The Utah state engineer, a man named Kent Jones, has approved the water rights for the proposed Blue Castle nuclear project in Green River, Utah. The two-reactor plant would be the first nuclear power plant built in the West since the late 1980s. Jones’ decision has caused outrage among environmental and anti-nuclear groups in the West, and justifiably so. The Blue Castle project pretty much sums up everything that’s wrong with today’s nuclear power industry.
First, it’s huge: the twin reactors would produce up to 3,000 megawatts (MW) of power. The future of nuclear power lies in small, modular reactors (SMRs) that are prefabricated, easy to transport, easy to assemble, and easier to win permits for than gargantuan reactors. Recognizing this, the American Nuclear Society, among other groups, is campaigning for new licensing procedures for SMRs that could avoid the absurdly long lead times facing most nuclear-power projects in the United States (see below).
“Big” means “expensive,” and the Blue Castle project is nothing if not costly. It will take on the order of $18 billion to complete the project, including $100 million just to shove it through the approval process. Blue Castle Holdings, needless to say, does not have that kind of cash. In its water-rights application, the company listed as a primary backer a Wall Street company called LeadDog Capital. LeadDog, which Blue Castle said was putting up $30 million for the nuclear project, has been accused in a cease-and-desist petition filed by the Securities and Exchange Commission of running a scam operation. Blue Castle CEO Aaron Tilton, a former Utah state legislator, says that he never “pulled the trigger” on the LeadDog financing and that his company no longer does business with the embattled funder; however Jones, the state engineer, listed the LeadDog funding as primary evidence that Blue Castle “has the financial ability to complete the proposed project.” In interviews with the Salt Lake City Tribune, Jones admitted that he took Blue Castle’s word for that: “It was just a plan presented by them, and we didn’t do a lot of investigation into the plan, about the validity of the plan.”
Even if the money becomes available, Blue Castle is years, if not decades, away from actually producing power. Tilton said his company is readying an Early Site Permit to be submitted to the U.S. Nuclear Regulatory Commission (NRC) in 2013. The application could take three years to be approved. Then a combined construction and operating license (COL) would be needed, which would add another four years to the process. “The earliest the project could break ground is 2020,” points out Dan Yurman on his nuclear blog, Idaho Samizdat. Nuclear power that might come online sometime in the mid-2020s is not exactly going to help reduce carbon emissions from coal plants in the short term.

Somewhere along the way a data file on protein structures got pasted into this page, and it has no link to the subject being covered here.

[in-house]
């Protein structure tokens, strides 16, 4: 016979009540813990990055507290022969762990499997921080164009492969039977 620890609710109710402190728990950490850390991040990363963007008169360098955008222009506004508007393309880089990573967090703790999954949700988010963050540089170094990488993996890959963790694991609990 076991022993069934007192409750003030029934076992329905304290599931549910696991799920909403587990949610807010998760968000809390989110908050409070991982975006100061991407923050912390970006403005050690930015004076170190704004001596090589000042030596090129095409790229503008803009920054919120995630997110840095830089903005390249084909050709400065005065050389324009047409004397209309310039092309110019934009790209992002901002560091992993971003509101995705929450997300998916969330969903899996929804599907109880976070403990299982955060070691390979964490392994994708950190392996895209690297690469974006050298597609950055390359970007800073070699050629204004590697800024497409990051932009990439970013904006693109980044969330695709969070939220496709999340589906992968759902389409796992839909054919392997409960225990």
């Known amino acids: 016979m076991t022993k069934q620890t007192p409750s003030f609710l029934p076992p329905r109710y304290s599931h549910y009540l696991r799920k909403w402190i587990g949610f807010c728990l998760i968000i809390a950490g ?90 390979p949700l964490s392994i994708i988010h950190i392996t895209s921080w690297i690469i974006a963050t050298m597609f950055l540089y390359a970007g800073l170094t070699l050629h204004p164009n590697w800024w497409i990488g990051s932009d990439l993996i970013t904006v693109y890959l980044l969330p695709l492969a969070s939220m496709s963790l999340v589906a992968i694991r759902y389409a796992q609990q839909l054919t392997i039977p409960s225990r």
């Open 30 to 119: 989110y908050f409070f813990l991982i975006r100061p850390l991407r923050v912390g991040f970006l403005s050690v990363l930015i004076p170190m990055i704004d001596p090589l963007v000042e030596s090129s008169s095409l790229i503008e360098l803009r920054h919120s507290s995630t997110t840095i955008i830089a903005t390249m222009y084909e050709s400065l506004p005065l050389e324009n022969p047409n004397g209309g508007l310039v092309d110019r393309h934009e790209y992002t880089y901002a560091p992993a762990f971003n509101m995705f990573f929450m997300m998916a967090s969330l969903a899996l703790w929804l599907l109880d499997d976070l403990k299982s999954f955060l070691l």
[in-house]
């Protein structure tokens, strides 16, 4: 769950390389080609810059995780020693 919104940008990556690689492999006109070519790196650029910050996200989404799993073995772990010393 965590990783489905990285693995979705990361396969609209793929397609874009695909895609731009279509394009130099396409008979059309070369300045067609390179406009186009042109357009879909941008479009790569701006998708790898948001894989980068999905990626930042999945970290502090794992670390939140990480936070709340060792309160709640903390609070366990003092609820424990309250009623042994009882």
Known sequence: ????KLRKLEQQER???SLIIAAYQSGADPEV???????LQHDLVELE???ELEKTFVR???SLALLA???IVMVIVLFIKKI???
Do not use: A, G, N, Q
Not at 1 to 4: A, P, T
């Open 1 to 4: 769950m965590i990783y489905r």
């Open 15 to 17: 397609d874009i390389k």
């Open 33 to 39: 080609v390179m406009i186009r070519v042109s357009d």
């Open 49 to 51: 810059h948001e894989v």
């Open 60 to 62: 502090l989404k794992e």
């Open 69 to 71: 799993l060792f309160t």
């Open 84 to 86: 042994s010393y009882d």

Inevitably, there’s the question of water. The state specifically approved Blue Castle’s lease of water rights held by Utah’s San Juan and Kane counties. As with all Western water rights, the San Juan and Kane rights are part of a complicated tangle of competing claims. They are set to expire in 2015 if not put to beneficial use.
“At times, the Blue Castle proposal looks like a water right in search of a project,” remarked High Country News in a 2010 feature on the project.
The design for the reactors at Blue Castle has not been finalized, but they are most likely to be boiling water reactors, which are considered “Generation III+” designs – in other words, hardly a real advance over today’s uranium-fueled light water reactors. There is no plan in place for where nuclear waste from the plant would go.
Finally, the Blue Castle plant would require the construction of massive transmission lines to carry the power to the coastal cities Southern California, the project’s ultimate customers. Most of those lines would cross federal lands, requiring yet more permits – and more years to approval. Yurman calls Blue Castle “a continuation of California’s ‘colonial’ strategy of banning new reactors within its borders while buying nuclear powered electricity from plants in other states.”
As I’ve noted elsewhere, the NRC should not be in the business of sitting for years on grandiose plant proposals, backed by speculative (if not fraudulent) investors, based on obsolete technology, requiring huge amounts of scare water resources and new investment in transmission and distribution facilities. The U.S. nuclear power industry badly needs to move into the 21st century. With Blue Castle, it’s still pursuing the failed strategies of the 20th.